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FDA approves Wegovy to reduce risk of heart disease, stroke in overweight patients


This image provided by Novo Nordisk in January 2023 shows packaging for the company’s Wegovy drug. The popular weight-loss drug can now be used to reduce the risk of stroke, heart attack and other serious cardiovascular problems in people who are overweight or obese, the Food and Drug Administration said Friday.

Novo Nordisk (AP)


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Novo Nordisk (AP)


This image provided by Novo Nordisk in January 2023 shows packaging for the company’s Wegovy drug. The popular weight-loss drug can now be used to reduce the risk of stroke, heart attack and other serious cardiovascular problems in people who are overweight or obese, the Food and Drug Administration said Friday.

Novo Nordisk (AP)

The popular weight-loss drug Wegovy, which has helped millions of Americans lose weight, is now available to reduce the risk of stroke, heart disease and other serious cardiovascular problems in people who are overweight or obese. Federal regulators said Friday.

The U.S. Food and Drug Administration approved a label change requested by drugmaker Novo Nordisk that expanded the use of semaglutide.

The decision was based on the results of a study that found Wegovy could reduce the risk of serious heart problems, including heart attack, stroke and heart-related death. Higher-weight patients with heart disease but not diabetes were 20 percent less likely to develop heart disease, the study found, compared with patients who received a placebo or dummy injection.

Wegovy is the first drug approved to help prevent potentially life-threatening events in this population, the agency said.

“Providing a treatment option proven to reduce cardiovascular risk is a significant advance for public health,” said Dr. John Sharretts, director of the FDA’s Division of Diabetes, Lipid Disorders and Obesity.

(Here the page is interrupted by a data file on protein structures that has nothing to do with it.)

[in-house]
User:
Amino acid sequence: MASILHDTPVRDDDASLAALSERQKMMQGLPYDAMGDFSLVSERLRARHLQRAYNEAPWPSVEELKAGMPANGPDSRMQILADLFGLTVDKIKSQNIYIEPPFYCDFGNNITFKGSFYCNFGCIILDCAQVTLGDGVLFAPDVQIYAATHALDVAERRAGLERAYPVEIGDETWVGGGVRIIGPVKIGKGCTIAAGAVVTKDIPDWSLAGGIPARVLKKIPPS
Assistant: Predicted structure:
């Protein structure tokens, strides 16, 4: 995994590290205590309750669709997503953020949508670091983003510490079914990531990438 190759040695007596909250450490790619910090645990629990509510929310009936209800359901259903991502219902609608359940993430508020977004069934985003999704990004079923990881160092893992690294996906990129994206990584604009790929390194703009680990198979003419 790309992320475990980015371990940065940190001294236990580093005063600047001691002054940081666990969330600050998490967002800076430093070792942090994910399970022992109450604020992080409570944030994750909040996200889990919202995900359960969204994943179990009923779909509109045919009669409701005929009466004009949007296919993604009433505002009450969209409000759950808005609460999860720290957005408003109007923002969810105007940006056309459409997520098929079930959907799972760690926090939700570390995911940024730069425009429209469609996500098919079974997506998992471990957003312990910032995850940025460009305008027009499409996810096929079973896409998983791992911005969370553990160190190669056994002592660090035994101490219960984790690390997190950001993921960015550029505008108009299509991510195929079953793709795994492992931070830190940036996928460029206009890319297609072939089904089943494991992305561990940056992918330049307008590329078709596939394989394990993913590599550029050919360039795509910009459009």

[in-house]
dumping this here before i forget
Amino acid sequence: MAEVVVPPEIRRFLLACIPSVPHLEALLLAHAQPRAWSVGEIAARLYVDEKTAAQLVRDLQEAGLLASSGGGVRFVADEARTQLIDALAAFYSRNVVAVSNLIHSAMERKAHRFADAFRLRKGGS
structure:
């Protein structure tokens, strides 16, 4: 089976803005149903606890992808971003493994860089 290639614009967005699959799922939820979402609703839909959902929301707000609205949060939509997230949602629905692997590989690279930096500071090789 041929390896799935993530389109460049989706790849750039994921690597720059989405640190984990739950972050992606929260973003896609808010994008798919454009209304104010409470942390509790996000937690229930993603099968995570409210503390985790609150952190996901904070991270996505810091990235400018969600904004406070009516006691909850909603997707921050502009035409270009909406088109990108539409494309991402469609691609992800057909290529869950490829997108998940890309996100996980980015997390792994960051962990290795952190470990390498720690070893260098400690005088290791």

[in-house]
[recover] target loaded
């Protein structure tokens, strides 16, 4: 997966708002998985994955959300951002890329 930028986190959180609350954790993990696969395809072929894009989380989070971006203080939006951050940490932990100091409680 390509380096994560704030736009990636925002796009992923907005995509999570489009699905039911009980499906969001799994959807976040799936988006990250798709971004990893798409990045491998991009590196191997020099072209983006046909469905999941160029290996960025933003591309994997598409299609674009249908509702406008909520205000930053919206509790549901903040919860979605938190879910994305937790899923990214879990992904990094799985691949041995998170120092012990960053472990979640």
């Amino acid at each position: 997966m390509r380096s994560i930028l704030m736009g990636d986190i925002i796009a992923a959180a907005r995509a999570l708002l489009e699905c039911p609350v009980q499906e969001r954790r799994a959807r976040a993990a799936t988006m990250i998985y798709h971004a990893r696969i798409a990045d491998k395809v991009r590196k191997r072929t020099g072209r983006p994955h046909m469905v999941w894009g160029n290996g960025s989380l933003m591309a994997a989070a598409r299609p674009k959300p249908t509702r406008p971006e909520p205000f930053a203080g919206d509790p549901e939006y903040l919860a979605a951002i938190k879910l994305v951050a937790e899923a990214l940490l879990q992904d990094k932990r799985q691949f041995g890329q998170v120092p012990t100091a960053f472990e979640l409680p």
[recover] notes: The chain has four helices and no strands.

Dr. Martha Gulati, a cardiologist at Cedars-Sinai Medical Center in Los Angeles, said the move will change the way many heart disease patients are treated. It confirms that new obesity drugs can not only reduce weight but also improve health.

“Hopefully insurance companies will start to understand that this is not a vanity drug,” said Gulati, who estimates that nearly 70 percent of her heart disease patients qualify for the treatment.

Wegovy is the high dose version ozone, a diabetes treatment previously approved to reduce the risk of serious heart disease in people with diabetes. This weight-loss drug typically costs about $1,300 per month.

Novo Nordisk has also asked EU regulators to expand the drug’s use to treat heart disease, but EU regulators have yet to comment on the request.

FDA warns about side effects

The FDA warns that Wegovy carries a risk of serious side effects, including thyroid tumors and certain cancers. Other possible side effects include low blood sugar, pancreas, gallbladder, kidney, or eye problems, and suicidal behavior or thoughts.

About one-third of the more than 17,600 participants in clinical trials reported serious side effects. About 17% of subjects taking Wegovy and about 8% of subjects receiving placebo dropped out of the study because of these side effects.

Experts say the new indication could increase Medicare coverage of the drug. Currently, the federal health insurance program for older Americans is prohibited by law from covering only weight-loss drugs. The agency spent nearly $3 billion in 2021 to insure Ozempic to treat diabetes. Based on the latest available data.

“I’m not sure it will open the floodgates, but it will open the door to more people on Medicare being able to use Wegovy,” said Tricia Neuman, a health insurance policy expert at KFF, a nonprofit that studies health insurance.

New uses of Wegovy must be reviewed by private insurance companies

A spokesman for America’s Health Insurance Plans (AHIP), an industry trade group, said private insurers will evaluate Wegovy’s new indication before making coverage decisions.

Drugmakers and obesity advocates have been pushing for expanded coverage, including legislation that would require Medicare to cover the cost of obesity drugs.

The question is whether the cost of expensive drugs will be offset by savings from reduced medical spending related to obesity and now heart disease.

Limited supply of the drug, which has been in short supply for more than a year, is a lingering obstacle to widespread use, according to the FDA. Novo Nordisk officials said they are working to increase production.

Gulati said broader access cannot come soon enough.

“Everyone is waiting to get this drug,” she said. “Keep the cost down, don’t be greedy and make sure the drug is available.”



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